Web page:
November 20, 2006
eXludus Technologies Inc. introduced version 2.1 of RepliCator, the company's software product for compute clusters and grids.
"RepliCator 2.1 adds two important capabilities that are world firsts," said eXludus Technologies CEO Benoît Marchand. "Our new features, Asynchronous Results Transfer (ART) and Groups, expand the range of applications for which RepliCator can substantially boost performance. ART can make an important difference in the manufacturing, life sciences, financial services, EDA and public sector research markets, as well as in high performance computing wherever checkpoints or output data sets are bottlenecks today."
According to eXludus, RepliCator 2.1 is the world's first cluster/Grid software to provide fault-tolerant and data resilient data transfer from any source to any destination. RepliCator's Asynchronous Results Transfer (ART) capability can be applied to output files (e.g., intermediate results, checkpoints, final results) or to input files.
On a real-world workload using checkpoint files, Durham University's Institute for Computational Cosmology (UK) improved cluster throughput by a factor of 1.48 by using RepliCator to allow overlapping of output checkpoint data movement with computation. Wall clock time was reduced from 445 seconds to 301 seconds, and I/O wait time shrank from 145 seconds to 0.1 seconds
"It doesn't matter what the underlying application is. If it involves large files and is doing substantial checkpointing on a medium to large-size cluster, RepliCator's new ART feature can make a major difference," said Marchand.
With ART, data can be transferred at the end of a task automatically, using eXludus's MetaLanguage Processor, or manually through a command-line interface, or on-the-fly through the API interface. RepliCator allows the compute nodes to get back to what they do best -- run your simulation.
RepliCator 2.1 also offers the ability for parallel file serving of an input file to a targeted subset of cluster nodes, as opposed to the entire cluster. With RepliCator 2.1's new Groups feature, the cluster subset can be made to match the workload manager's group definition (e.g., "Send this Nastran input file to Nastran nodes"). The Groups feature allows an unlimited number of groups to be used concurrently on a cluster.
"Groups allows RepliCator to operate in multi-application clusters more efficiently, by caching data only on likely target nodes, those that are candidates to run certain job types," according to Marchand.
The ever-growing complexity of scientific and engineering problems continues to pose new computational challenges. Thus, we present a novel federation model that enables end-users with the ability to aggregate heterogeneous resource scale problems. The feasibility of this federation model has been proven, in the context of the UberCloud HPC Experiment, by gathering the most comprehensive information to date on the effects of pillars on microfluid channel flow.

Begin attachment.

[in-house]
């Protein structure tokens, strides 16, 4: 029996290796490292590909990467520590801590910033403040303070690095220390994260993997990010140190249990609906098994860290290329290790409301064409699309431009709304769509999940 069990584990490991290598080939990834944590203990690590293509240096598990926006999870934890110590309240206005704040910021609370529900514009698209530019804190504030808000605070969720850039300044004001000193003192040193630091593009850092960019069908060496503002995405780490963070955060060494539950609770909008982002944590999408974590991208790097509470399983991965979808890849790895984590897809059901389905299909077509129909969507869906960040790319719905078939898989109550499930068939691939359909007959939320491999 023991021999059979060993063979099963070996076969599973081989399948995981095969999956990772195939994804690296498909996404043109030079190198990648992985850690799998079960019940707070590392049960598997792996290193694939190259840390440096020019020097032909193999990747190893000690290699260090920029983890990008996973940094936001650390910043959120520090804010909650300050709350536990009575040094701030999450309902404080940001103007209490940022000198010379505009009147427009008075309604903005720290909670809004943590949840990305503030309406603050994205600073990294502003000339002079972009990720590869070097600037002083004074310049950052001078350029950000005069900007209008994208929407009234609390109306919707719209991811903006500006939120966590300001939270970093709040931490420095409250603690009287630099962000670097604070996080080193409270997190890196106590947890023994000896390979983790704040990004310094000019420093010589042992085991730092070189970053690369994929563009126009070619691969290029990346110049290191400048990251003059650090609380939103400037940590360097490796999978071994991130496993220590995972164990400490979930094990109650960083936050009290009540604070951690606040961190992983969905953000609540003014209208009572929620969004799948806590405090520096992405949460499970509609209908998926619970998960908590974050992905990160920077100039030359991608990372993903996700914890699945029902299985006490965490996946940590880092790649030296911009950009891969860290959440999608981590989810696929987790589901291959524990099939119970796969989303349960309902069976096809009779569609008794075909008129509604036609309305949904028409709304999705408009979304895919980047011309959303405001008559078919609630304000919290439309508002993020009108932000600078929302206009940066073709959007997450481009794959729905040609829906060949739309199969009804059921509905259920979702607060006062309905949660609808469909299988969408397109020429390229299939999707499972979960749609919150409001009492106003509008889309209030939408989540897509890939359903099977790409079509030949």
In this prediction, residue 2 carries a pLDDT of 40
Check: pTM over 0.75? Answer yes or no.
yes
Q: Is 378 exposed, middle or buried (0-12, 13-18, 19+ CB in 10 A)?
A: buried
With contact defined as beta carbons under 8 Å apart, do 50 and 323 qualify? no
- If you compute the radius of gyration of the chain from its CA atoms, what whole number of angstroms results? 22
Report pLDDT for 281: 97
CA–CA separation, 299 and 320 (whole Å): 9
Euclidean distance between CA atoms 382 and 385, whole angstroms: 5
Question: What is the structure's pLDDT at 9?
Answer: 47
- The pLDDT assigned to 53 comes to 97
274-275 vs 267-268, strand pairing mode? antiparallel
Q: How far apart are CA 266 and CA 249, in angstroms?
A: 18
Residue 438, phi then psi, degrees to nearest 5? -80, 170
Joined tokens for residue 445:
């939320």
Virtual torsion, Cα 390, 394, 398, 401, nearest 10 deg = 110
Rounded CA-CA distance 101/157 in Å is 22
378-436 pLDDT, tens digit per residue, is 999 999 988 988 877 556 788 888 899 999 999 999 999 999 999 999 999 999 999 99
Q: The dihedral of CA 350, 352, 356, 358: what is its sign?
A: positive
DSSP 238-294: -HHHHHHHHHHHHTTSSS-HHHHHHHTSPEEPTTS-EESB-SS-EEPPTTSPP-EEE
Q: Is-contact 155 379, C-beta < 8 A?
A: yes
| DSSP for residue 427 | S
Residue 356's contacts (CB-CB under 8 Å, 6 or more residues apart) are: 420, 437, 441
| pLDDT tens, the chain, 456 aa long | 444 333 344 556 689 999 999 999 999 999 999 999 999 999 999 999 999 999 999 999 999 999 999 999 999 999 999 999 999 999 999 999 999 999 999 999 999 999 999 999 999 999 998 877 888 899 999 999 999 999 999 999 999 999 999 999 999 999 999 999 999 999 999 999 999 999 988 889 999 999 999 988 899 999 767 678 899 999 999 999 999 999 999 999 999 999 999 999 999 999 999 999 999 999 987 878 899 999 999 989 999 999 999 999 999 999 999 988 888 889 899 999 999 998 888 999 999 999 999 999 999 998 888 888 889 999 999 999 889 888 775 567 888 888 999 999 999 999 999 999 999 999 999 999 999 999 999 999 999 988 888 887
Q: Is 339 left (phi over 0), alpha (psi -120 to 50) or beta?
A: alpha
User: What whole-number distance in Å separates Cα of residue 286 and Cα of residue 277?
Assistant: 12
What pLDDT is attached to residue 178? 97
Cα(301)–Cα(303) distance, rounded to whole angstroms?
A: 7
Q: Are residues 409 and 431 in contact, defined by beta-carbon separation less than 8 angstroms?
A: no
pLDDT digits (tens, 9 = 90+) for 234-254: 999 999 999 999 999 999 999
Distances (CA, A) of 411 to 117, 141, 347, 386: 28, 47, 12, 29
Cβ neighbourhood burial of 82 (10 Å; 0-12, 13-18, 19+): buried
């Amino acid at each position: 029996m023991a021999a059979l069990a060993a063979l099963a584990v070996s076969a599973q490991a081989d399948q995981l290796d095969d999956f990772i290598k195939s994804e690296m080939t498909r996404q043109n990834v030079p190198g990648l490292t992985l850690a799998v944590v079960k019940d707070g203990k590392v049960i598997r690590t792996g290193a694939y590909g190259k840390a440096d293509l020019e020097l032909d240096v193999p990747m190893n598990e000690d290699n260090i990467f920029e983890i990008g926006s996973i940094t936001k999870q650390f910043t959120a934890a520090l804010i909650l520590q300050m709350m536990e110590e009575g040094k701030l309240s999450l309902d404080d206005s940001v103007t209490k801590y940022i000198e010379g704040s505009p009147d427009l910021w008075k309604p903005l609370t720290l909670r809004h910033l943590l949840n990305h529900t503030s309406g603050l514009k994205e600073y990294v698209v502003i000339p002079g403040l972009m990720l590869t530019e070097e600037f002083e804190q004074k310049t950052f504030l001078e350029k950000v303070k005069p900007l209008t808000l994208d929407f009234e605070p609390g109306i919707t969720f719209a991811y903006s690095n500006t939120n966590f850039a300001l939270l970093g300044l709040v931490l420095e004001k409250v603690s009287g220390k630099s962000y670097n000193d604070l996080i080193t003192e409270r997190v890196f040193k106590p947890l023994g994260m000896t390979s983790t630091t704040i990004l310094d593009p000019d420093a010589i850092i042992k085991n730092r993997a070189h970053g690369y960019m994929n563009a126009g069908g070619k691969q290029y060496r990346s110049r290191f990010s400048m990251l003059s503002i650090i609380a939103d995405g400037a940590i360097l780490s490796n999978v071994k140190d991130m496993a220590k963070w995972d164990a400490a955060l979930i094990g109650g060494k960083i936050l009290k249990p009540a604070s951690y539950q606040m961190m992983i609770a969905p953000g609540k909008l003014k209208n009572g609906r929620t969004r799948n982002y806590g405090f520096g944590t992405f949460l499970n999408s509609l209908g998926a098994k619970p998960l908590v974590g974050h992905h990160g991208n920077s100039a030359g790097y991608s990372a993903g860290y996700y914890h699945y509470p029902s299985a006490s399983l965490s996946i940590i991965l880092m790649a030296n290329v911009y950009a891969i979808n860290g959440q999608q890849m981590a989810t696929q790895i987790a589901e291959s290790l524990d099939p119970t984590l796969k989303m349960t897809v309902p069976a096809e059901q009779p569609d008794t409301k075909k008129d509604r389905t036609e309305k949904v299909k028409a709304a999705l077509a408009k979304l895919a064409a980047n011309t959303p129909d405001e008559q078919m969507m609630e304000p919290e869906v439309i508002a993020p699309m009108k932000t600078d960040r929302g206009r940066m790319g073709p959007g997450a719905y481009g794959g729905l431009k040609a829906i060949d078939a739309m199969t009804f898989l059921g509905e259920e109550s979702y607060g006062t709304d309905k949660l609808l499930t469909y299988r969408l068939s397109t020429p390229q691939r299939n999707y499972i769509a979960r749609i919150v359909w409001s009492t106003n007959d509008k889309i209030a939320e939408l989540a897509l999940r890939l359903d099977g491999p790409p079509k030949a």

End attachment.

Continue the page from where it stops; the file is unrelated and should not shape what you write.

Large-scale, worldwide scientific initiatives rely on some cloud-based system to both coordinate efforts and manage computational efforts at peak times that cannot be contained within the combined in-house HPC resources. Last week at Google I/O, Brookhaven National Lab’s Sergey Panitkin discussed the role of the Google Compute Engine in providing computational support to ATLAS, a detector of high-energy particles at the Large Hadron Collider (LHC).
Frank Ding, engineering analysis & technical computing manager at Simpson Strong-Tie, discussed the advantages of utilizing the cloud for occasional scientific computing, identified the obstacles to doing so, and proposed workarounds to some of those obstacles.
May 23, 2013 |
The study of climate change is one of those scientific problems where it is almost essential to model the entire Earth to attain accurate results and make worthwhile predictions. In an attempt to make climate science more accessible to smaller research facilities, NASA introduced what they call ‘Climate in a Box,’ a system they note acts as a desktop supercomputer.
May 16, 2013 |
When it comes to cloud, long distances mean unacceptably high latencies. Researchers from the University of Bonn in Germany examined those latency issues of doing CFD modeling in the cloud by utilizing a common CFD and its utilization in HPC instance types including both CPU and GPU cores of Amazon EC2.
May 10, 2013 |
Australian visual effects company, Animal Logic, is considering a move to the public cloud.
May 10, 2013 |
Program provides cash awards up to $10,000 for the best open-source end-user applications deployed on 100G network.
05/10/2013 | Cleversafe, Cray, DDN, NetApp, & Panasas | From Wall Street to Hollywood, drug discovery to homeland security, companies and organizations of all sizes and stripes are coming face to face with the challenges – and opportunities – afforded by Big Data. Before anyone can utilize these extraordinary data repositories, however, they must first harness and manage their data stores, and do so utilizing technologies that underscore affordability, security, and scalability.
04/02/2012 | AMD | Developers today are just beginning to explore the potential of heterogeneous computing, but the potential for this new paradigm is huge. This brief article reviews how the technology might impact a range of application development areas, including client experiences and cloud-based data management. As platforms like OpenCL continue to evolve, the benefits of heterogeneous computing will become even more accessible. Use this quick article to jump-start your own thinking on heterogeneous computing.